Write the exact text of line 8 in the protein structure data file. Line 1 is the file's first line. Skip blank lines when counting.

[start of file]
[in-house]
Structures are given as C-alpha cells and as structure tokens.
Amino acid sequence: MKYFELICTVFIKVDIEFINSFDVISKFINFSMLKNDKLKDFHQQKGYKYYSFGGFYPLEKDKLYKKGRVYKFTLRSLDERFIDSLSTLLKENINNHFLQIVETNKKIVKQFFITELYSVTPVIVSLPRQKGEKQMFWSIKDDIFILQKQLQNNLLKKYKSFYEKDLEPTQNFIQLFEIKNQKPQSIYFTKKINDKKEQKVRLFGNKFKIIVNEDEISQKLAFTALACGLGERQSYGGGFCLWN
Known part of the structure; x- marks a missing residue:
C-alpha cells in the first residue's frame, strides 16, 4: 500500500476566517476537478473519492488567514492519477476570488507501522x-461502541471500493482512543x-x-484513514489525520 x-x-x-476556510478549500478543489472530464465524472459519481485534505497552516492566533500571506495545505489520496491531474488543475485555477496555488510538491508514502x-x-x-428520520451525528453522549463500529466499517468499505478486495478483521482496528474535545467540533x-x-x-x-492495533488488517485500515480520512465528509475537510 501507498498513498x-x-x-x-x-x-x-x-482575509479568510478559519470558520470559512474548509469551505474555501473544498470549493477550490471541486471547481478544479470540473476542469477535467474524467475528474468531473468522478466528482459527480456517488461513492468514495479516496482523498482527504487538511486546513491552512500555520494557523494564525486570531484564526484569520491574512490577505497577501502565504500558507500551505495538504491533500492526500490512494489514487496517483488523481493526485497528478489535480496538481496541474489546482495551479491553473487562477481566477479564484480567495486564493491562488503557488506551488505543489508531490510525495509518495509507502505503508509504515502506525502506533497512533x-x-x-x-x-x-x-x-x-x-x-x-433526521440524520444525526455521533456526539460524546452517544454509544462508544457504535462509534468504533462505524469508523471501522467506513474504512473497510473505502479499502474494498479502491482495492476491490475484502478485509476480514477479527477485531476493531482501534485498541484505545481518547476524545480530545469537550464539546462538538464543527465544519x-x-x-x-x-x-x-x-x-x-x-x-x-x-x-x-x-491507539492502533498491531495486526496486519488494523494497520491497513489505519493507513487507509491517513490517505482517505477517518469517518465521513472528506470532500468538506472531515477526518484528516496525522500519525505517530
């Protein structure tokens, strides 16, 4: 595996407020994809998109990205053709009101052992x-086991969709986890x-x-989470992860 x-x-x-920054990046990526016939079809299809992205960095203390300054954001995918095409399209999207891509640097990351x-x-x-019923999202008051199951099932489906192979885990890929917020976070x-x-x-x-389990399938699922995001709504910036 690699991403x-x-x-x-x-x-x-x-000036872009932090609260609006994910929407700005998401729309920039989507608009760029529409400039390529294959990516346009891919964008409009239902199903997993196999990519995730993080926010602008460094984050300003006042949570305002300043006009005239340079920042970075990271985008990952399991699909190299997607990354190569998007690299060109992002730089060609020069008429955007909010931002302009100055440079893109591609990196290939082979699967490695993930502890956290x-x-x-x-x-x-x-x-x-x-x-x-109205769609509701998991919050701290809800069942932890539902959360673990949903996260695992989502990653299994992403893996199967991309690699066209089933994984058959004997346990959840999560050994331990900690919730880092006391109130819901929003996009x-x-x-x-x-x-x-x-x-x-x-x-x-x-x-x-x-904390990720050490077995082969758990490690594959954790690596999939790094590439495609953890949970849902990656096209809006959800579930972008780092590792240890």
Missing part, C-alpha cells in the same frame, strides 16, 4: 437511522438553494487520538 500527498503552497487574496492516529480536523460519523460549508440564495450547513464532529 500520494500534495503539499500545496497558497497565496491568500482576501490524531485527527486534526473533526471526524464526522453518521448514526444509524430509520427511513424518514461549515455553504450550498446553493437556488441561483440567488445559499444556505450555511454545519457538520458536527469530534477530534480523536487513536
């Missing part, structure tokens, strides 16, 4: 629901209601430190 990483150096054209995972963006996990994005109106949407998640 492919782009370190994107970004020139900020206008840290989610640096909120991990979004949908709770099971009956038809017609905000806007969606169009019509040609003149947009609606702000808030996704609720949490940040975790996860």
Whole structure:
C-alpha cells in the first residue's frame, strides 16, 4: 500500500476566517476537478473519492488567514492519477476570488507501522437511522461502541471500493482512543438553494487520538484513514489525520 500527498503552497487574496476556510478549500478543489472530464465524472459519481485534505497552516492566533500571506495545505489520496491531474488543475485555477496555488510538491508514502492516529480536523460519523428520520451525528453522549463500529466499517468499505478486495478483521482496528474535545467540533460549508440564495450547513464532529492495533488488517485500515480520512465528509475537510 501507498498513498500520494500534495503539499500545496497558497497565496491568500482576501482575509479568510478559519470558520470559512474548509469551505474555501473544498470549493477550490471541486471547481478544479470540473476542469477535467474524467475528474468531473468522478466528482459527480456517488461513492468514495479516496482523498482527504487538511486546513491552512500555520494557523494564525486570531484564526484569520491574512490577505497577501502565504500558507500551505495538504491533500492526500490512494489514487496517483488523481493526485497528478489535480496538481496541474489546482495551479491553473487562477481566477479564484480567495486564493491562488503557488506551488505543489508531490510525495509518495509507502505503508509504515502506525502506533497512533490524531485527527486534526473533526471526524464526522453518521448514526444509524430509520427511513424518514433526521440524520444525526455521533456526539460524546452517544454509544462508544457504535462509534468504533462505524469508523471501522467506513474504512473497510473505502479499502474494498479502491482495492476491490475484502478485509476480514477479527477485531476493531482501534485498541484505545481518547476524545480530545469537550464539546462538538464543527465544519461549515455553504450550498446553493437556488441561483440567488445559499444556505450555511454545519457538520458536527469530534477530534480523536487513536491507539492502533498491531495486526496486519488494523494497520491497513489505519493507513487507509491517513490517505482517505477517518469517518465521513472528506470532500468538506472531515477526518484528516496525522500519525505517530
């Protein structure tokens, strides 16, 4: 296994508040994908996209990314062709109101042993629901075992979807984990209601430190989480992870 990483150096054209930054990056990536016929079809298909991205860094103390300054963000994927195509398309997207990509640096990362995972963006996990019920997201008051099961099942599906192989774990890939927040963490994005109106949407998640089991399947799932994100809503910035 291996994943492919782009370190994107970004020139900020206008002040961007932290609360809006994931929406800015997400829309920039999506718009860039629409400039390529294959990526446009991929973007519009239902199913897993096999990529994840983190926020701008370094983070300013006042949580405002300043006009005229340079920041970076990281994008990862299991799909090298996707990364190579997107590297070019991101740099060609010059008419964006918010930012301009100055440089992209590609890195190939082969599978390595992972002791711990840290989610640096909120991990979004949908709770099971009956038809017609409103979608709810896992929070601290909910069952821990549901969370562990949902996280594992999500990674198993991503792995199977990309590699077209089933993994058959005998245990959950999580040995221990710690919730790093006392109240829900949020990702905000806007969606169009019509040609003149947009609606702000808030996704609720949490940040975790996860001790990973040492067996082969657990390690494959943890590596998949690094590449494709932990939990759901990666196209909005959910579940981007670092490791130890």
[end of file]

């Missing part, structure tokens, strides 16, 4: 629901209601430190 990483150096054209995972963006996990994005109106949407998640 492919782009370190994107970004020139900020206008840290989610640096909120991990979004949908709770099971009956038809017609905000806007969606169009019509040609003149947009609606702000808030996704609720949490940040975790996860």